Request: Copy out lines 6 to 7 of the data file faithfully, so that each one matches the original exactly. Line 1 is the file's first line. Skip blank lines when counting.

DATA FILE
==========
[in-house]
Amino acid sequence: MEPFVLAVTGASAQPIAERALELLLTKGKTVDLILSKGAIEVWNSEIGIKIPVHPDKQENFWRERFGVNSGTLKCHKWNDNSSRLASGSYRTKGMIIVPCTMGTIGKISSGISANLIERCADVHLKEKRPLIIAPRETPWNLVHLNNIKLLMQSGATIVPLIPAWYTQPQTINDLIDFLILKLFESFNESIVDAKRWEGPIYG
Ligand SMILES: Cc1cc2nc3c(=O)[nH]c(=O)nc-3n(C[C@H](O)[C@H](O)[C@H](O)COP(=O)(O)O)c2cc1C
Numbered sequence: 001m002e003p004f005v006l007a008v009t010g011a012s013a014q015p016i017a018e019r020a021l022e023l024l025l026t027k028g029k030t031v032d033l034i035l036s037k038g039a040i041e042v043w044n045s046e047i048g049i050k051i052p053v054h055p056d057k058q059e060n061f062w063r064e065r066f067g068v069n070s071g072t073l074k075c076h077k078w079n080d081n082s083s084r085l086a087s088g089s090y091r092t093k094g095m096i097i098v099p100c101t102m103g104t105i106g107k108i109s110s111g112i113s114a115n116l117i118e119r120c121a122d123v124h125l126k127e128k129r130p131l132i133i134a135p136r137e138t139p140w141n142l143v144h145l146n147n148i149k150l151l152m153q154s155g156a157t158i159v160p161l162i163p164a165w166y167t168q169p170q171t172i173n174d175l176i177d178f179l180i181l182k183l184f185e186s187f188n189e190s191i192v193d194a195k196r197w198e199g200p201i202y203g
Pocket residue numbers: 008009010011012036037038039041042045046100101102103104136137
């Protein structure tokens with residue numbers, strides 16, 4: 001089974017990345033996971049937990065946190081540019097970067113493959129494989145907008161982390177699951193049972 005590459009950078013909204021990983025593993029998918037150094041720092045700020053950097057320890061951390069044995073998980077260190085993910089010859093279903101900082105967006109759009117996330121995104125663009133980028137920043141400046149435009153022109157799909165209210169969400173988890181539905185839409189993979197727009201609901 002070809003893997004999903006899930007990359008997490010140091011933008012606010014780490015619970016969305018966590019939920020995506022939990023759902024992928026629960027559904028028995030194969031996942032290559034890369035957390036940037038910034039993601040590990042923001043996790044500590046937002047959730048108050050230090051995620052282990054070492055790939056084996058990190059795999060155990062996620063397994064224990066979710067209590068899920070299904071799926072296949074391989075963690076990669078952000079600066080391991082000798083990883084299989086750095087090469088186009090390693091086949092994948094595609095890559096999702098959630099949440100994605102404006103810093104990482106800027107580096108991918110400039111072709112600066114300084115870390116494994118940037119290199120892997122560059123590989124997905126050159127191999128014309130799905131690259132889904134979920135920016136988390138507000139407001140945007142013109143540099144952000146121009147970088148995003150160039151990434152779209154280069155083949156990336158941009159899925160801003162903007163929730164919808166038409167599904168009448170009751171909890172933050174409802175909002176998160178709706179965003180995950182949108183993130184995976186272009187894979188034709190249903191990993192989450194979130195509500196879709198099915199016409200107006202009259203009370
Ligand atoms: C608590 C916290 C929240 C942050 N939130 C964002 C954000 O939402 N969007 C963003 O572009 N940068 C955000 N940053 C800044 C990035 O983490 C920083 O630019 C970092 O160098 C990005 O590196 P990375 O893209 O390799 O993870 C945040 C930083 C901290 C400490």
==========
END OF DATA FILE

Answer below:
């Protein structure tokens with residue numbers, strides 16, 4: 001089974017990345033996971049937990065946190081540019097970067113493959129494989145907008161982390177699951193049972 005590459009950078013909204021990983025593993029998918037150094041720092045700020053950097057320890061951390069044995073998980077260190085993910089010859093279903101900082105967006109759009117996330121995104125663009133980028137920043141400046149435009153022109157799909165209210169969400173988890181539905185839409189993979197727009201609901 002070809003893997004999903006899930007990359008997490010140091011933008012606010014780490015619970016969305018966590019939920020995506022939990023759902024992928026629960027559904028028995030194969031996942032290559034890369035957390036940037038910034039993601040590990042923001043996790044500590046937002047959730048108050050230090051995620052282990054070492055790939056084996058990190059795999060155990062996620063397994064224990066979710067209590068899920070299904071799926072296949074391989075963690076990669078952000079600066080391991082000798083990883084299989086750095087090469088186009090390693091086949092994948094595609095890559096999702098959630099949440100994605102404006103810093104990482106800027107580096108991918110400039111072709112600066114300084115870390116494994118940037119290199120892997122560059123590989124997905126050159127191999128014309130799905131690259132889904134979920135920016136988390138507000139407001140945007142013109143540099144952000146121009147970088148995003150160039151990434152779209154280069155083949156990336158941009159899925160801003162903007163929730164919808166038409167599904168009448170009751171909890172933050174409802175909002176998160178709706179965003180995950182949108183993130184995976186272009187894979188034709190249903191990993192989450194979130195509500196879709198099915199016409200107006202009259203009370
Ligand atoms: C608590 C916290 C929240 C942050 N939130 C964002 C954000 O939402 N969007 C963003 O572009 N940068 C955000 N940053 C800044 C990035 O983490 C920083 O630019 C970092 O160098 C990005 O590196 P990375 O893209 O390799 O993870 C945040 C930083 C901290 C400490």